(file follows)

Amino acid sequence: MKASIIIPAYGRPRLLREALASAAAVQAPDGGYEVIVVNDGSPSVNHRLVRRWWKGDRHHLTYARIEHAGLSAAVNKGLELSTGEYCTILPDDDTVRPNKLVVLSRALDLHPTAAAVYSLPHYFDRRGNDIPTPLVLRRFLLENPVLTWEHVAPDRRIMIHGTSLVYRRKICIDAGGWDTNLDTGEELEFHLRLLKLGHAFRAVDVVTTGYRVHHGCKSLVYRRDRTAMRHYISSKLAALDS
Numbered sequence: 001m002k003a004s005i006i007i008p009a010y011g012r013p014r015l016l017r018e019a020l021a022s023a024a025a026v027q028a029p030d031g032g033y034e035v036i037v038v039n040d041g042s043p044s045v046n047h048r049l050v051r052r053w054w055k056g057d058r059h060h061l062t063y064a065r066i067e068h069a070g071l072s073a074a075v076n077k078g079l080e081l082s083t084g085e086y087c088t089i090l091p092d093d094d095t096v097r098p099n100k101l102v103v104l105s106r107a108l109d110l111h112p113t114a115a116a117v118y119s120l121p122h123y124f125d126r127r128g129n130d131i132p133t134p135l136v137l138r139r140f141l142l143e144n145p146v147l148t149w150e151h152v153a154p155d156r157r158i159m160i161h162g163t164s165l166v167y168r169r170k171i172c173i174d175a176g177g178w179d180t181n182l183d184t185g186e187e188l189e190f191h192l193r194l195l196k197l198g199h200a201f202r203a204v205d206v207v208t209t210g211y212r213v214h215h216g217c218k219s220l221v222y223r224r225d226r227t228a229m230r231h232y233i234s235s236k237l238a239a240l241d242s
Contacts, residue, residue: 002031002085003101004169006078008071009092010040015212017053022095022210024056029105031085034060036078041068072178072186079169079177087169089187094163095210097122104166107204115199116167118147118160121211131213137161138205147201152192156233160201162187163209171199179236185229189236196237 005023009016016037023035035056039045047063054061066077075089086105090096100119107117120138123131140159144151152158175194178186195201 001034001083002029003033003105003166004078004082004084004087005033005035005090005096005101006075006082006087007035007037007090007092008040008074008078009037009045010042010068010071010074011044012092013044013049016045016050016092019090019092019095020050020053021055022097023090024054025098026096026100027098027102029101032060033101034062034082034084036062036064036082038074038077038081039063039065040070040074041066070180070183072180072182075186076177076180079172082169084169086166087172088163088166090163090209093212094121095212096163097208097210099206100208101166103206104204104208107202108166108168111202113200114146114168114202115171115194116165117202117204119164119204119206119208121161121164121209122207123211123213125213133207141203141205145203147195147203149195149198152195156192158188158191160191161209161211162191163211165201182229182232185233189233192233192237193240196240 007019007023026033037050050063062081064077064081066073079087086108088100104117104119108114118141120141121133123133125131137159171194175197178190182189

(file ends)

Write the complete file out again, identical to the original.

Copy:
Amino acid sequence: MKASIIIPAYGRPRLLREALASAAAVQAPDGGYEVIVVNDGSPSVNHRLVRRWWKGDRHHLTYARIEHAGLSAAVNKGLELSTGEYCTILPDDDTVRPNKLVVLSRALDLHPTAAAVYSLPHYFDRRGNDIPTPLVLRRFLLENPVLTWEHVAPDRRIMIHGTSLVYRRKICIDAGGWDTNLDTGEELEFHLRLLKLGHAFRAVDVVTTGYRVHHGCKSLVYRRDRTAMRHYISSKLAALDS
Numbered sequence: 001m002k003a004s005i006i007i008p009a010y011g012r013p014r015l016l017r018e019a020l021a022s023a024a025a026v027q028a029p030d031g032g033y034e035v036i037v038v039n040d041g042s043p044s045v046n047h048r049l050v051r052r053w054w055k056g057d058r059h060h061l062t063y064a065r066i067e068h069a070g071l072s073a074a075v076n077k078g079l080e081l082s083t084g085e086y087c088t089i090l091p092d093d094d095t096v097r098p099n100k101l102v103v104l105s106r107a108l109d110l111h112p113t114a115a116a117v118y119s120l121p122h123y124f125d126r127r128g129n130d131i132p133t134p135l136v137l138r139r140f141l142l143e144n145p146v147l148t149w150e151h152v153a154p155d156r157r158i159m160i161h162g163t164s165l166v167y168r169r170k171i172c173i174d175a176g177g178w179d180t181n182l183d184t185g186e187e188l189e190f191h192l193r194l195l196k197l198g199h200a201f202r203a204v205d206v207v208t209t210g211y212r213v214h215h216g217c218k219s220l221v222y223r224r225d226r227t228a229m230r231h232y233i234s235s236k237l238a239a240l241d242s
Contacts, residue, residue: 002031002085003101004169006078008071009092010040015212017053022095022210024056029105031085034060036078041068072178072186079169079177087169089187094163095210097122104166107204115199116167118147118160121211131213137161138205147201152192156233160201162187163209171199179236185229189236196237 005023009016016037023035035056039045047063054061066077075089086105090096100119107117120138123131140159144151152158175194178186195201 001034001083002029003033003105003166004078004082004084004087005033005035005090005096005101006075006082006087007035007037007090007092008040008074008078009037009045010042010068010071010074011044012092013044013049016045016050016092019090019092019095020050020053021055022097023090024054025098026096026100027098027102029101032060033101034062034082034084036062036064036082038074038077038081039063039065040070040074041066070180070183072180072182075186076177076180079172082169084169086166087172088163088166090163090209093212094121095212096163097208097210099206100208101166103206104204104208107202108166108168111202113200114146114168114202115171115194116165117202117204119164119204119206119208121161121164121209122207123211123213125213133207141203141205145203147195147203149195149198152195156192158188158191160191161209161211162191163211165201182229182232185233189233192233192237193240196240 007019007023026033037050050063062081064077064081066073079087086108088100104117104119108114118141120141121133123133125131137159171194175197178190182189